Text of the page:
Using a white gel pen, paint on highlights. You can also use some white acrylic paint. Avoid making the areas too clean, as they should look like natural shadows/highlights.

Using a White Gel Pen

Step 6:

After the black ink or paint has dried, you can add some extra shading and highlights to the black areas. This will give your final product more depth and dimension.

Step 7:

Materials that can be used for painting sweater texture can range from chalk pastels (Staedtler Mars Lumograph) to ink pens (Pigma Micron). In addition, there are lots of random things like gel pens acrylics, and watercolor paints. Experiment with different things and see what you like best!

Step 8:

You did it! It doesn’t matter if your lines are messy; just remember that the key to painting sweater texture is to add random shading and highlights. If possible, try to use a black ink pen on top of anything else you might have used (like gel pens), as this will help make your hand-painted sweater texture look more authentic.

Step 9:

Play around! Use this technique on other things such as shoes, backgrounds, and more. Once you get the basics down, other objects will be much easier to paint.

Step 10:

Great Job! You are now one step closer to being a master of painting sweater texture. Whether your characters are wearing sweaters or have something else covering their skin, this technique will be useful for you in the future! If you have any questions, feel free to email us or post in the forums.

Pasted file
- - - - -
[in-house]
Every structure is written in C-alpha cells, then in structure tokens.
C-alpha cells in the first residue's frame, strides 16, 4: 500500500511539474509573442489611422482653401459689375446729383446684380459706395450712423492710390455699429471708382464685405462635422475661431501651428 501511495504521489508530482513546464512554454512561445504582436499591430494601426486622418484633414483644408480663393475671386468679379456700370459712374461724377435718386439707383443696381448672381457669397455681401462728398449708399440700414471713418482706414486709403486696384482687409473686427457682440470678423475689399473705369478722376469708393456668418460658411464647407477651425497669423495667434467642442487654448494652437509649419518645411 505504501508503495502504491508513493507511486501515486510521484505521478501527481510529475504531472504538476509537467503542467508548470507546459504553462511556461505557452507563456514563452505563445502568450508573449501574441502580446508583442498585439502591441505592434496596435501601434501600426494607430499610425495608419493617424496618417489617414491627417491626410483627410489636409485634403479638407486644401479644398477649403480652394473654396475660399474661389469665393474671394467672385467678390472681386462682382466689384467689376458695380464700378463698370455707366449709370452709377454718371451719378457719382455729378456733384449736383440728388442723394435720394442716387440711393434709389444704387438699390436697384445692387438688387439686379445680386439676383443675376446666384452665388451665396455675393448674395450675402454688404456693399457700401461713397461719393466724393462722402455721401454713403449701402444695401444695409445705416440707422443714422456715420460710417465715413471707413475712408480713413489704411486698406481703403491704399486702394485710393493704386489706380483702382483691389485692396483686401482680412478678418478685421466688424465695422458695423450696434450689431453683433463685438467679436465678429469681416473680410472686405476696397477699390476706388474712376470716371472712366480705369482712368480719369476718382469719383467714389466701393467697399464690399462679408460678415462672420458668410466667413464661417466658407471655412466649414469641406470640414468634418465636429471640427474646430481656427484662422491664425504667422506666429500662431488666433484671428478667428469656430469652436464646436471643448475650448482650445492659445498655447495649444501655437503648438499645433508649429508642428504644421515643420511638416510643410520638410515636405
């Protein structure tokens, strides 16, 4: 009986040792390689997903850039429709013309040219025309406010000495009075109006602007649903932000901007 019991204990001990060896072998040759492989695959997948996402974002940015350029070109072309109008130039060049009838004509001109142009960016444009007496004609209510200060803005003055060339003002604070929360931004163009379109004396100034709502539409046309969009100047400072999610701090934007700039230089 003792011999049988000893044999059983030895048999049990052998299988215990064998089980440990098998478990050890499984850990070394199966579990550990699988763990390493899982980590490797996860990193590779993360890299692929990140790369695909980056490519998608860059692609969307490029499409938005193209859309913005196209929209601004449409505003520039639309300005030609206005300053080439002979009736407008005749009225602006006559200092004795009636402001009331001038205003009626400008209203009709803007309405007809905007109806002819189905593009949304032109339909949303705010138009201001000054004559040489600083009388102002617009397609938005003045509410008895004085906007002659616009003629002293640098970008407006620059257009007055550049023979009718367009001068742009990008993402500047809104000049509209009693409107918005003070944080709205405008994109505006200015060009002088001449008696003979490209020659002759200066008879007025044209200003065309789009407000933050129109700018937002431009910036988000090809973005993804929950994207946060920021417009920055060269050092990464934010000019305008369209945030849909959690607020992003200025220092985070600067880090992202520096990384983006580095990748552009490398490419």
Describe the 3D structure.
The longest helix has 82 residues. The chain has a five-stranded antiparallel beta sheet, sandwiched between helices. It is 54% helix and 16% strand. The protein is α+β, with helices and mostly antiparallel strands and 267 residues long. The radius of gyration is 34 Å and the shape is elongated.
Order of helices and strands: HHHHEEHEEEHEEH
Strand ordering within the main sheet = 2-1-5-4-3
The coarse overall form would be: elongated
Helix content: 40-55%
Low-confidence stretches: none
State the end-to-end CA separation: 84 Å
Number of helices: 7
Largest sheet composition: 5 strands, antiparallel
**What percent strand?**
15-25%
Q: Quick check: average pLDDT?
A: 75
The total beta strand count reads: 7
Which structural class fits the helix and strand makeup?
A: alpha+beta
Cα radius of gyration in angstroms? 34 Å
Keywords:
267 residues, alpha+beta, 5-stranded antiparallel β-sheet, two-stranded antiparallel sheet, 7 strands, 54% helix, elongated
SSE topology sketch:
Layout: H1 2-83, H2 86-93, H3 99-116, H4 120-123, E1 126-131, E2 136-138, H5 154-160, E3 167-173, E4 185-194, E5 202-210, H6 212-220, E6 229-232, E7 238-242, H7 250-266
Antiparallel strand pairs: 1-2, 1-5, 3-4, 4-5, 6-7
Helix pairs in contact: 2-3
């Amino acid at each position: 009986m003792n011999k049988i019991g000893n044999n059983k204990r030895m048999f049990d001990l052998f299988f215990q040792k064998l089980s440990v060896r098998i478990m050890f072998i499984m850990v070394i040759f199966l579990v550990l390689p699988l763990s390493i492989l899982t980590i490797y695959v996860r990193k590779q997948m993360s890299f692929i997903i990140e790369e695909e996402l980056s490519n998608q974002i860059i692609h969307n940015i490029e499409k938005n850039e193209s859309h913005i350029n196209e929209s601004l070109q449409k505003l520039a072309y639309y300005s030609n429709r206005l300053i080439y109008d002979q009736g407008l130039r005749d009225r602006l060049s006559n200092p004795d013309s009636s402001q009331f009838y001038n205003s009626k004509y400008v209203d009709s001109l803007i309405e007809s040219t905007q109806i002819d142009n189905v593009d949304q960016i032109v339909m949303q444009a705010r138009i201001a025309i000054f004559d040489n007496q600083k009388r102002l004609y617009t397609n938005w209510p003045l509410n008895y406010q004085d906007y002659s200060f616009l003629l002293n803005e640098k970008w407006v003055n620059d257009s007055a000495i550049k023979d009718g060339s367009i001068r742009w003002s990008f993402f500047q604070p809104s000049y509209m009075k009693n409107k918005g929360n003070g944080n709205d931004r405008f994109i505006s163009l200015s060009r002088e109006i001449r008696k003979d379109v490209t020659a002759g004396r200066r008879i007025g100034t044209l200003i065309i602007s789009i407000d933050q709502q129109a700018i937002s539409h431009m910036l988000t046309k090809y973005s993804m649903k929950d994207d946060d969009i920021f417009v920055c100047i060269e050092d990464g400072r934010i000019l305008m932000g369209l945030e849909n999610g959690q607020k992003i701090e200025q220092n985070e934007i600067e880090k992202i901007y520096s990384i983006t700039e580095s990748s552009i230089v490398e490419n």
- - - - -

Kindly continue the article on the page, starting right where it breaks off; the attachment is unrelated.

Some Helpful Tips and Suggestions

1. Start with a basic silhouette of your character. Then, use a very thin paintbrush and sketch out the basic shape of the body and any extra details such as hair or clothing that you may want to include.

2. Think about where all the folds in the sweater will be going and place dots at points you think will have a lot of curvatures or a sharp angle.

3. Now that you have a map of where all the folds will be, start filling in all the darker areas of the sweater with a dark brown or black color.

4. Now, look at your reference images again and see what color(s) show through your character’s sweater. Follow around the lines of the reference images to paint lighter colors where you feel there would be more light-catching, such as up near his neck.